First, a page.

Eothred blew on the seal and waved the document around in an attempt to dry the wax, and thousands of pounce granules spilled out of the creases and onto the mahogany desk, the fine powder died black with ink.
   "Are you not curious as to why I have summoned you?" Eothred set aside the sealed parchment and pulled an empty one off of the pile to his left. He sprinkled more pounce on the rough parchment and dipped his quill into the ink, continuing without pause.
   "I assume it is not to let me simply watch you write these letters." She could feel the grains lodging themselves into the side of her palm as if she was writing the letters herself, and the scratch of the quill on the coarse paper sent tingles up her arm.
   "No, it is not that."
   "Then speak, for I have much to do."
   "You have more to do than I, the king?" Mayela could see Eothred's arched eyebrow, although he never once lifted his head from his writing. Mayela breathed deeply again, this time to calm her mounting anger.
   "Is there anything more important to a parent than their first born son?" The question set Mayela aback, but the king continued to write, hardly worried of what Mayela might read.
   "Would you not agree?" Mayela remained silent, at a loss for words and uncertain of the king's purpose.
   "No, there is nothing," she said, but she was hesitant. Is he trying to goad me? What does he know?
   "Then you will understand why you are here today." He shook some more pounce on the letter to dry the ink and then folded it. "Aelenden is your first born, as Eomen is mine, so as a father I concern myself with my son and in relation, Aelenden, but as a king I must always consider the interests of my kingdom."
   Mayela sighed with relief, and Eothred pressed his signet ring into the wax once again.
   "Aelenden is my son, I should choose his fate," said Mayela, guessing as to the direction of this conversation.
   "He is my subject," the king argued, though his voice did not rise. "And there are thousands of years of standards that I must uphold."
   "What is this about?"
   "Aelenden can never inherit the throne," Eothred began, "This you already know. He has no rights, he has nothing."
   "He is my son, he should have the rights he deserves."
   Eothred set down his quill and shuffled through a stack of paper. "This is not up for discussion, it is a fact, and nothing will change that."
   "You condemn my child based on the words of men who have been dead for thousands of years."
   Finally, Eothred lifted his head up from his desk and looked Mayela in the eye.
   "One's destiny is not condemnation. I will not rewrite the history of my ancestors because you and my son were unable to act as adults. I love Eomen, he is a good man and will be a great king, but Aelenden was a mistake and is a smudge on my son's reputation, something I have worked hard my whole life to maintain."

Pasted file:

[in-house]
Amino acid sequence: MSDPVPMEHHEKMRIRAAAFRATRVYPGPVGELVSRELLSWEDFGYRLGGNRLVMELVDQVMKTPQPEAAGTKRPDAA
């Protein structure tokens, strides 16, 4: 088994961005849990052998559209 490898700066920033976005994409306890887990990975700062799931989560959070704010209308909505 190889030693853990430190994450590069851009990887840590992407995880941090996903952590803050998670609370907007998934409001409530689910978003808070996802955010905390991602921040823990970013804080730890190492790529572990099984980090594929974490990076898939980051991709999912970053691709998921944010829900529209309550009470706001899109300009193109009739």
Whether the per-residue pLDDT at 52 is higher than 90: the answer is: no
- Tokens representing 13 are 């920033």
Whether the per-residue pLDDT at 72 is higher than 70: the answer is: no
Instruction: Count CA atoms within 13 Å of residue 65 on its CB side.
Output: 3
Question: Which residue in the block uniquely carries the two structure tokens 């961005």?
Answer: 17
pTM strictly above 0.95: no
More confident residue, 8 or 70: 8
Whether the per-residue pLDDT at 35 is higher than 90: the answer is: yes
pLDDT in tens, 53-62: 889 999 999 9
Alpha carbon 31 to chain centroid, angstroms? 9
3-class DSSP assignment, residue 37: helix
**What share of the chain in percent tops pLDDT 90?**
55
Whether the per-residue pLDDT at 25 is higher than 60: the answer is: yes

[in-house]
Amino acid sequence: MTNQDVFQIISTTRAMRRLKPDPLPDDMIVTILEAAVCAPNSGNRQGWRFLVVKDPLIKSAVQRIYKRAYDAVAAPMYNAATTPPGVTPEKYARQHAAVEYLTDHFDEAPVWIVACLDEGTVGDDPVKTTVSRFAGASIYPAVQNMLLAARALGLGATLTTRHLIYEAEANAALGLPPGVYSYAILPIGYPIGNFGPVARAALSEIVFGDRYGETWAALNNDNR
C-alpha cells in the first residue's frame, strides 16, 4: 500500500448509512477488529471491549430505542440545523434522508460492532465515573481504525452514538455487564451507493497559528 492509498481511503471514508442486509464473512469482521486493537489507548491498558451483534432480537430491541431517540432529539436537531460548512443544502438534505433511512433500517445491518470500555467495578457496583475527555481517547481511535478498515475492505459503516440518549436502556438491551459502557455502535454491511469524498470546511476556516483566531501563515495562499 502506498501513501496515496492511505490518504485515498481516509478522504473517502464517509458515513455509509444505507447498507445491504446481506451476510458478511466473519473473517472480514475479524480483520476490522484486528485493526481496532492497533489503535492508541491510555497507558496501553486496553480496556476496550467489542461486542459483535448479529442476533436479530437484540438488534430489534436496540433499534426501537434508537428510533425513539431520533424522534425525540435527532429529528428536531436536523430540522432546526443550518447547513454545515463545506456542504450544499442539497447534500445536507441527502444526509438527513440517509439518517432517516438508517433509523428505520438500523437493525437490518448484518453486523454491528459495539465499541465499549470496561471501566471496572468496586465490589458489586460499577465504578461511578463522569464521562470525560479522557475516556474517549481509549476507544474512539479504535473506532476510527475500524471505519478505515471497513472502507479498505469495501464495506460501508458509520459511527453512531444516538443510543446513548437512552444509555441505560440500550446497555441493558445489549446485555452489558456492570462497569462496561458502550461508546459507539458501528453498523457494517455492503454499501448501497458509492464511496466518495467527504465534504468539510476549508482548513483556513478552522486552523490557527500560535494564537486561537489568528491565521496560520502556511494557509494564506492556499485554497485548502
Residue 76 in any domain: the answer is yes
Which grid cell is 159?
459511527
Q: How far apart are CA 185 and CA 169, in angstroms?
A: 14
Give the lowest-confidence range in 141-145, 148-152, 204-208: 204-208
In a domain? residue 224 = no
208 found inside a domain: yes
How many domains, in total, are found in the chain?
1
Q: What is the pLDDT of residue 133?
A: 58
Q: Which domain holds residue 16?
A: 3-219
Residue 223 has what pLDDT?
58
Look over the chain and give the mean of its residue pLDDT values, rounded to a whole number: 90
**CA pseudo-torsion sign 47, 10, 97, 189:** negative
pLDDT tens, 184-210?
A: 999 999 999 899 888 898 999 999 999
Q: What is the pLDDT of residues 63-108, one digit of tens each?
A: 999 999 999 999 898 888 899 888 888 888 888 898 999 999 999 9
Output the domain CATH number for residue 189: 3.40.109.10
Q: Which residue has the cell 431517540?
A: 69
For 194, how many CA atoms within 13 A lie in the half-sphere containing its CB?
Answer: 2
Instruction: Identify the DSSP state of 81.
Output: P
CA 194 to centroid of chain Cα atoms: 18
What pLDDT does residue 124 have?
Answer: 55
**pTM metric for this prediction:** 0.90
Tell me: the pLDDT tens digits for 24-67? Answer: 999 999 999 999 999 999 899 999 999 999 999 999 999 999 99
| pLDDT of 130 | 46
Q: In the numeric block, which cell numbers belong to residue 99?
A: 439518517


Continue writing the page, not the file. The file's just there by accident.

"Are you calling Aelenden a mistake?" Mayela was shaking with rage, and it was all she could do to not throw herself over the desk between them and throttle the king.
   "Yes. What good is a child, a son moreover, if he is unable to inherit the throne and carry on my bloodline?"
   Mayela let the subtle insult of her femininity pass. "Then Eothraen is also a mistake."
   "Do not speak ill of my son." Eothred's voice was full of poison. "Eothraen may inherit the throne yet, your son will not."
   Mayela laughed, though she would have much rather screamed. "You would never bestow the throne upon Eothraen, not if he were the lone remaining heir. You would summon your b-"
   Eothred stood up suddenly, and his chair crashed to the floor behind him. "Do not mention his name to me." His face was red and the veins in his neck throbbed with blood. "Not after all you have done." He pointed at her with a shaking finger. "You have done everything in your power to destroy the legacy of my family and your people, and for what? So your son can be king? There would be nothing left for him to rule in your wake, and even then, you would want the power for yourself. Is that what you have wanted all this time, to be queen with no king? Is that the motivation behind your wicked eyes?"
   "I have done nothing you would not do for your own son."
   "I have not-" his voice dissolved into a feral growl, low and threatening. "I know what you did."
   "Then you cannot prove it, else I would be still be hanging from your gallows instead of sitting here in your study." She amused herself by watching the king contain his rage. She had seen him like his once before, and so too did she know she walked a fine line here. She smiled and crossed her hands on her lap, the image of innocence, and the king had to turn his gaze aside.
   "Does it anger you so to talk to your own daughter?" she masked her voice with the sweetness all women in the court used.
   "It angers me that you live," he admitted. "It angers me that you are allowed to poison the minds of my son and grandson and are able to stand here and feign innocence where you know only guilt lay. You are a wicked woman, and how I wish I could run you through with my sword right here and now."
   "My father would not suffer you to live."
   "Your father knows his place before his king."
   The two locked stares and remained in silence for many heartbeats. Mayela allowed a smile to creep onto her face, and it grew all the wider when Eothred's lips tightened. She could sense the hate he felt for her emanating off of his body, and she was sure he could feel the same.